Even Microsoft's own hardware, the Surface tablet line, couldn't reverse the drop in PC sales in 2013 . That's OK, as Window 9 is now the next big thing expected to turn things around for Microsoft.

If it seems like you've seen this play out before, that's because you have. Windows Phone was the radically new phone OS when it hit the scene not that long ago. In spite of the totally new design, it didn't win the hearts of buyers. The lack of apps for Windows Phone didn't help, and lack of features was widely criticized.

It didn't take long after Windows Phone hit the market before we started hearing how the next version would turn things around. It didn't, so we heard the same thing about the version after that.

Finally the merits of the current Windows Phone OS were extolled as the one to beat them all. It is a good OS but still not booting the big guys off the medal podium. But hey, the next version, whatever it will be called, will knock everyone's socks off. Sure it will.

When you compare the life of Windows Phone to that of Windows 8, the similarities are hard to ignore. Windows 8 is now looking like the evolution of Windows Phone, and that no doubt concerns Microsoft. Outside of its admittedly large base of enthusiasts, Windows is only slowly catching on, much like Windows Phone.

Taking on the mobile space with Windows 8 has forced Microsoft to speed up its rate of participation. Mobile tech moves very fast and Microsoft must keep up. It came to the party late and it can't keep falling behind the competition.

The competition has the luxury of not also having to compete for desktop sales, it only has to evolve in mobile. Microsoft may have bitten off more than it can chew by going after both desktop and mobile with Windows 8.

Windows 8.1 is a great OS, the greatest version of Windows ever. So far that doesn't seem to be enough, and that's got to be a big worry for the folks in Redmond. The more the competition keeps growing in the mobile space, the greater the uphill struggle will be with Windows. It's not the post-PC era that Microsoft needs to be concerned with, it's the post-Windows era.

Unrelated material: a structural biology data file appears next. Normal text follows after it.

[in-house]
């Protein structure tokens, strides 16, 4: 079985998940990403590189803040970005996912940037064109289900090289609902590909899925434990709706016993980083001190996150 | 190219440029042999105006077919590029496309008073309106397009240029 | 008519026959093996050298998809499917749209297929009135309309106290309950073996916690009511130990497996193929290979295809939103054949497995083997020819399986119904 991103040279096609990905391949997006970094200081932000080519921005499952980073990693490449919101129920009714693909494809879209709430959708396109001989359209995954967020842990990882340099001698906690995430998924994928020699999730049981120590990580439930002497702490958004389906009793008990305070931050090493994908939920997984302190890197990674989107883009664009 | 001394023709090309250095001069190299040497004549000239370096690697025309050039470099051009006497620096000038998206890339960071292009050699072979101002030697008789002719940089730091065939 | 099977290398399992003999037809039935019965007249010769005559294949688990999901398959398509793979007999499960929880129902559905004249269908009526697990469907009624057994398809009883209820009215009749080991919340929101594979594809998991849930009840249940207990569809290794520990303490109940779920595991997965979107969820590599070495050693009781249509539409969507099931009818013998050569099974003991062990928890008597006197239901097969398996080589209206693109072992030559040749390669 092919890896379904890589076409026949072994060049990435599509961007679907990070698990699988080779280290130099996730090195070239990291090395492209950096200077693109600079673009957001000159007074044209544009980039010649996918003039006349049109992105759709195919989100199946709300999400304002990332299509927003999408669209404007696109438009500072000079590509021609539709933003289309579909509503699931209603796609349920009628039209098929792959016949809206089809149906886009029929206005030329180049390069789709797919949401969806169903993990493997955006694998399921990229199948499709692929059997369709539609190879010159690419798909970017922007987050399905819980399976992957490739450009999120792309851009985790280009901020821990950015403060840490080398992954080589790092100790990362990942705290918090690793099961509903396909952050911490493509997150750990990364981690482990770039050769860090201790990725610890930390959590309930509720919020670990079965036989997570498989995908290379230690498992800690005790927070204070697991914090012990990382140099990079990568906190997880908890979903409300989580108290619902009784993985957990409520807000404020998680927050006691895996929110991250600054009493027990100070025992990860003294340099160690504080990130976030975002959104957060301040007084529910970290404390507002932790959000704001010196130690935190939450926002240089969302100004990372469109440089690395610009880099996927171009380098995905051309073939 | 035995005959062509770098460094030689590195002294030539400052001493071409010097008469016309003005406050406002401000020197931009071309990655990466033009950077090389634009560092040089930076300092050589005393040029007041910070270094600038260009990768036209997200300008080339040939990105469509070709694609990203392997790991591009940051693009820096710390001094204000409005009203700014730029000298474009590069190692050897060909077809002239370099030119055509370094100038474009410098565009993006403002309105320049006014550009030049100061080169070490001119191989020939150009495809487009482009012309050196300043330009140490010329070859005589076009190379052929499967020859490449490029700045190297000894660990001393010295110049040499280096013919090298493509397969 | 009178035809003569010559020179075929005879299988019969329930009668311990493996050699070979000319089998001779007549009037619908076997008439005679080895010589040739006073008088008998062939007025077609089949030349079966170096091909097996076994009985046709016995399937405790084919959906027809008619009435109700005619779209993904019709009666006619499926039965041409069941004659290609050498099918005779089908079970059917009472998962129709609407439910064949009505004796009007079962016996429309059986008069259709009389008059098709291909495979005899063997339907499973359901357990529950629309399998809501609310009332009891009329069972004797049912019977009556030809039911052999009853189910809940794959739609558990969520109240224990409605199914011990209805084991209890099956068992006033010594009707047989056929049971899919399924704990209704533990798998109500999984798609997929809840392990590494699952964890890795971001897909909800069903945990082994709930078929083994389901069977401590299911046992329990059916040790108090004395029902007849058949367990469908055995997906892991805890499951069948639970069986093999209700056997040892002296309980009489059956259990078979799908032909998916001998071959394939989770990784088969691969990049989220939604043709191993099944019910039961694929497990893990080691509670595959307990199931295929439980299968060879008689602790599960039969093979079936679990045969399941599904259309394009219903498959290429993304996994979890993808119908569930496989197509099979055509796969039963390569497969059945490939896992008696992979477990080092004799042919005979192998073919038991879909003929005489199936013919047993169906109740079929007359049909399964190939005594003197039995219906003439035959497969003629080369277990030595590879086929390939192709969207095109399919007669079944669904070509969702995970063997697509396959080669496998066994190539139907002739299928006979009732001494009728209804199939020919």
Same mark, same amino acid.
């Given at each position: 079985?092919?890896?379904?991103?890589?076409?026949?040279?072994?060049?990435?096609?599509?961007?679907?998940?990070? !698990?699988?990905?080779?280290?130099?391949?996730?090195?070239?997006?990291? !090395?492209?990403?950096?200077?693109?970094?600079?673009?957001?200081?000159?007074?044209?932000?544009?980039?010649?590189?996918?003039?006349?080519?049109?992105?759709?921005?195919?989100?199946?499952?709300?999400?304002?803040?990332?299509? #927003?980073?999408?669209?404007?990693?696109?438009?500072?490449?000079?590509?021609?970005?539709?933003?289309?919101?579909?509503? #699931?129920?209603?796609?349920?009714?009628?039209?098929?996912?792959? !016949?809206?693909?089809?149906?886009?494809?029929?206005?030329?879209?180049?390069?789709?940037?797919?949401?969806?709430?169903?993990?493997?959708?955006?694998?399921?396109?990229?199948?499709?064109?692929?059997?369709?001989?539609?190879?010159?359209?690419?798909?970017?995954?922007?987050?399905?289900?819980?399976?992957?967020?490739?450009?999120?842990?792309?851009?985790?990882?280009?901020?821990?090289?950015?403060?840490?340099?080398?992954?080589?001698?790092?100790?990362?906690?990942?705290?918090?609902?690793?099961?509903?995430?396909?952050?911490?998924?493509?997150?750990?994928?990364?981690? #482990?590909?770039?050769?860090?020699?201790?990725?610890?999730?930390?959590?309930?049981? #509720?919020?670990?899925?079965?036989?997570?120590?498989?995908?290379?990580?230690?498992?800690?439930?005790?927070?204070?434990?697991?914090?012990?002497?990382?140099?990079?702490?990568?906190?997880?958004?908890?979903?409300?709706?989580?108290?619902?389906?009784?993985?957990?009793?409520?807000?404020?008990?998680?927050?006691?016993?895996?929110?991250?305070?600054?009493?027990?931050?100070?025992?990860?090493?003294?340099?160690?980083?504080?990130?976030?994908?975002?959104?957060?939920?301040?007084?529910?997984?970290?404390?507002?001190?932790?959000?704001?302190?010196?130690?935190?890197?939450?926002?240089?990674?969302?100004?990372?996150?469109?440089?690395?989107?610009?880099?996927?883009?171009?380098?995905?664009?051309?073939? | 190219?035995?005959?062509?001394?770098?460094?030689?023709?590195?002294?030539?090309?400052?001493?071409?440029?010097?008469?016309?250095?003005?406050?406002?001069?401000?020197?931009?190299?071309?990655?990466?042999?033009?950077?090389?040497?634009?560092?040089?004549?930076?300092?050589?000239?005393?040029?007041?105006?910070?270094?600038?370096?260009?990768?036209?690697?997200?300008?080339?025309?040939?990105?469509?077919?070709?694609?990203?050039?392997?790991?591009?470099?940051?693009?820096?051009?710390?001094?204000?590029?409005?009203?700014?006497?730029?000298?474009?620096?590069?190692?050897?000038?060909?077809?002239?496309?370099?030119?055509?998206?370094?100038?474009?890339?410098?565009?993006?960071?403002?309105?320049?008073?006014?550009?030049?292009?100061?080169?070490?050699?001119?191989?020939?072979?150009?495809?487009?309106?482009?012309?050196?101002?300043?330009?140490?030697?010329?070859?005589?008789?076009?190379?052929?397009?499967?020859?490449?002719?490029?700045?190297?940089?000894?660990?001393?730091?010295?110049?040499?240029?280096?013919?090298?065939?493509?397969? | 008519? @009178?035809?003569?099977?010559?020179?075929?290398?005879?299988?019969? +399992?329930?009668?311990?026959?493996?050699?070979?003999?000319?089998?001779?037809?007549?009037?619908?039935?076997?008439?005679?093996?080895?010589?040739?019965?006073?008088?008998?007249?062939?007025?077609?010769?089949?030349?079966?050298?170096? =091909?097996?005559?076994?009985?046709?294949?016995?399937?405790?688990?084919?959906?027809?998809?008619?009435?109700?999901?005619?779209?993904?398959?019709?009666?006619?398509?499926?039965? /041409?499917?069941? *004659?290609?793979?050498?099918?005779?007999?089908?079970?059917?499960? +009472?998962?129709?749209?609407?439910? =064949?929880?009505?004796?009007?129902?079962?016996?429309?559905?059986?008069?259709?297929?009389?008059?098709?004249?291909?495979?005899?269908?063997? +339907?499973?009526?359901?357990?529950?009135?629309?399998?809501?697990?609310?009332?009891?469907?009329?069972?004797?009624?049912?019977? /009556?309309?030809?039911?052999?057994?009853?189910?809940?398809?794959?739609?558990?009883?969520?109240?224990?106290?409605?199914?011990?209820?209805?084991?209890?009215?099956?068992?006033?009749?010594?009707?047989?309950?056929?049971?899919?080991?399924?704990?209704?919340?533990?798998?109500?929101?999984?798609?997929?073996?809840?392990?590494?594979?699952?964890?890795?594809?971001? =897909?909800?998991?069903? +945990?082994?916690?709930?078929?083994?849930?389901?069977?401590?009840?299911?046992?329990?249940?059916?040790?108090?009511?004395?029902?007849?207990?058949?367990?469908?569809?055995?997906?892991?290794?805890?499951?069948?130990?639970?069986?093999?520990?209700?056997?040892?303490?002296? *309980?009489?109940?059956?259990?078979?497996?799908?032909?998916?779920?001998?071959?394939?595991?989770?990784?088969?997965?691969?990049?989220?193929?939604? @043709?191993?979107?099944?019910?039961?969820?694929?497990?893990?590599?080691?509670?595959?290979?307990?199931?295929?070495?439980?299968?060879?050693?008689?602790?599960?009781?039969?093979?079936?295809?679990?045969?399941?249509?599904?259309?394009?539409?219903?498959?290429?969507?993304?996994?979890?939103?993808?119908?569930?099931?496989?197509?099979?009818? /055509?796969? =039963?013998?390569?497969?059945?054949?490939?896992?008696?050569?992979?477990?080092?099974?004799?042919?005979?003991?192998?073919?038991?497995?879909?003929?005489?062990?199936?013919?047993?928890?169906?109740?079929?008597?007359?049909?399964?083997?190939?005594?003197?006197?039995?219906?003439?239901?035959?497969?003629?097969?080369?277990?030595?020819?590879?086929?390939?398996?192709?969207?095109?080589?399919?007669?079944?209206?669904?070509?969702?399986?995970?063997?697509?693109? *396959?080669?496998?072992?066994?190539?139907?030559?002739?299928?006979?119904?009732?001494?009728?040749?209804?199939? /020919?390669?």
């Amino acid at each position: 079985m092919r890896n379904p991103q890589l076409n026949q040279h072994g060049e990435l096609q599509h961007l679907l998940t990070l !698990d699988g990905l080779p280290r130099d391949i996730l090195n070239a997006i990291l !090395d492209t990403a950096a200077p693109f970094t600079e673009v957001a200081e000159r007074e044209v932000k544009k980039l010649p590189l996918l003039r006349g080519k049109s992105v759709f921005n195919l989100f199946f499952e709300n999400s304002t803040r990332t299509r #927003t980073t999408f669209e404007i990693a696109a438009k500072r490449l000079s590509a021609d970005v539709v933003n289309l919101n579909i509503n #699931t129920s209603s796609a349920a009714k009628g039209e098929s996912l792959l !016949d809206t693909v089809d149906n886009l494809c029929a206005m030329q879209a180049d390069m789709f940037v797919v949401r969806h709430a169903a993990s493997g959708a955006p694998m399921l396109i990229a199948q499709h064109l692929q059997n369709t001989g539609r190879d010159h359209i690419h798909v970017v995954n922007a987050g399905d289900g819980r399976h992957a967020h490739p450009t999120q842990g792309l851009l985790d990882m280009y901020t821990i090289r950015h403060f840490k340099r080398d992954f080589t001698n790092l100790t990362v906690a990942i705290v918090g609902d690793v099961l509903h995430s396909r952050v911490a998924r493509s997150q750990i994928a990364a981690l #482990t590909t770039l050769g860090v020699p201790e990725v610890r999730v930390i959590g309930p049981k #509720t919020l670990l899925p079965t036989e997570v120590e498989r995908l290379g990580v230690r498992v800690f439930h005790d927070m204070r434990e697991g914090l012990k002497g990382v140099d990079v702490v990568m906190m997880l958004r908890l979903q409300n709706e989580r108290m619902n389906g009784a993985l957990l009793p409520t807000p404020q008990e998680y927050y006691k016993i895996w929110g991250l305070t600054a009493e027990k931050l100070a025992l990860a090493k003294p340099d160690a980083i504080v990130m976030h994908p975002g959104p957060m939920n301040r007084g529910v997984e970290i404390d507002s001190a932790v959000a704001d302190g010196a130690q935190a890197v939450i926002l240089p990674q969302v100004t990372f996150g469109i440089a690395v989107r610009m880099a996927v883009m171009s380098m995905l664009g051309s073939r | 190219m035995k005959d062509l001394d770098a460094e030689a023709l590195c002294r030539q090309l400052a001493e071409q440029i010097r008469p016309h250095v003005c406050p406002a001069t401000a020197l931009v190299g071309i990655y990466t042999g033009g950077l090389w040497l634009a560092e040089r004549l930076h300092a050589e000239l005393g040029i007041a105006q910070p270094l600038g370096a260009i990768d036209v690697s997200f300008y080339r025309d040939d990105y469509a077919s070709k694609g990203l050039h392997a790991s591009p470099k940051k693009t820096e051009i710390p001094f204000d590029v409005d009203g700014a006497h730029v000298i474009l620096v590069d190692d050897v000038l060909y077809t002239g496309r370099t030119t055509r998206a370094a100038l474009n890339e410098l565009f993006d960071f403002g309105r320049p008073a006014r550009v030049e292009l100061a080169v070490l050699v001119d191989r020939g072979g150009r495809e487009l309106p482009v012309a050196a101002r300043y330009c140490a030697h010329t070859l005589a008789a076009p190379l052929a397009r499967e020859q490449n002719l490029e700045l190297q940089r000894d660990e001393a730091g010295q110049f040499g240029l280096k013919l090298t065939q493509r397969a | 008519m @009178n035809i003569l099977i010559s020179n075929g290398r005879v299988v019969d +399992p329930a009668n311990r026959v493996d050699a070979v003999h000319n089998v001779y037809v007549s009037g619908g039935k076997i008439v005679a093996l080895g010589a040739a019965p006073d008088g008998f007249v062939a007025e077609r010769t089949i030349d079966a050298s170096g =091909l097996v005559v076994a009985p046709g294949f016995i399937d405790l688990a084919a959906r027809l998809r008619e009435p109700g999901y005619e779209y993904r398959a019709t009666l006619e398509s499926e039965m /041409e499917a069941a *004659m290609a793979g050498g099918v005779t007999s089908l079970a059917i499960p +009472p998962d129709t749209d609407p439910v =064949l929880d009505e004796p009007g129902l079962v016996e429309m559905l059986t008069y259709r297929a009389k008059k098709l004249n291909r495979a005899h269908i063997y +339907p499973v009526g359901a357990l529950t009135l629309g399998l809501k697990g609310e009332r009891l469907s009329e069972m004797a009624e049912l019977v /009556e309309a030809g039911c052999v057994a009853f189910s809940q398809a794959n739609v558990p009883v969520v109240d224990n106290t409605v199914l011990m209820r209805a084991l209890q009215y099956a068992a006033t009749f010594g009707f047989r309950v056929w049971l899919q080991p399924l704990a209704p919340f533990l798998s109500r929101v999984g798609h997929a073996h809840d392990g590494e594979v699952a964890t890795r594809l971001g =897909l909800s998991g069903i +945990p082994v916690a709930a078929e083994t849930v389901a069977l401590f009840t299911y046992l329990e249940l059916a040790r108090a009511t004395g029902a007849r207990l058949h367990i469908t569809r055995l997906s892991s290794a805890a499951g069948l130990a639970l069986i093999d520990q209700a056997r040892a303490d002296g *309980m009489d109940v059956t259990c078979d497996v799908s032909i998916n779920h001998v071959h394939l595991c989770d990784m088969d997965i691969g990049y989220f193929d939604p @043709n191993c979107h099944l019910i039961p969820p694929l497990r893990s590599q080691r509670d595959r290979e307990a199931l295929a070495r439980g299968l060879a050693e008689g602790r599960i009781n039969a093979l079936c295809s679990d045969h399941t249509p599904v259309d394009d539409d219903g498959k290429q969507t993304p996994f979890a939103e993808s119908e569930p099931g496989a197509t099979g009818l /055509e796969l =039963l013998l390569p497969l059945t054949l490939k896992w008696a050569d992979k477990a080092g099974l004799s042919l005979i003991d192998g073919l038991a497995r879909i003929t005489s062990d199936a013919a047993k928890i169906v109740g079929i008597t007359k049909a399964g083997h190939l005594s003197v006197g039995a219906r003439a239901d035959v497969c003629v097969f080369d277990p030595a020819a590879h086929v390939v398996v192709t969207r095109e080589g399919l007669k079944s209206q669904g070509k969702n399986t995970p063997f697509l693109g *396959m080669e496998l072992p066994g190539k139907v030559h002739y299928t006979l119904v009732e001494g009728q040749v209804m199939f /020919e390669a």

It's clear the next CEO of Microsoft has his/her hands full, no matter who it might be. We're not hearing firm rumors so far about who it might be, just who it won't . It's going to be tough no matter who gets the nod.

See related: 

Topics: Mobility, Laptops, Tablets, Windows 8, Windows Phone

About

James Kendrick has been using mobile devices since they weighed 30 pounds, and has been sharing his insights on mobile technology for almost that long. Prior to joining ZDNet, James was the Founding Editor of jkOnTheRun, a CNET Top 100 Tech Blog that was acquired by GigaOM in 2008 and is now part of that prestigious tech network. James' w... Full Bio

zdnet_core.socialButton.googleLabel Contact Disclosure

Kick off your day with ZDNet's daily email newsletter. It's the freshest tech news and opinion, served hot. Get it.

Related Stories

The best of ZDNet, delivered

You have been successfully signed up. To sign up for more newsletters or to manage your account, visit the Newsletter Subscription Center.
Subscription failed.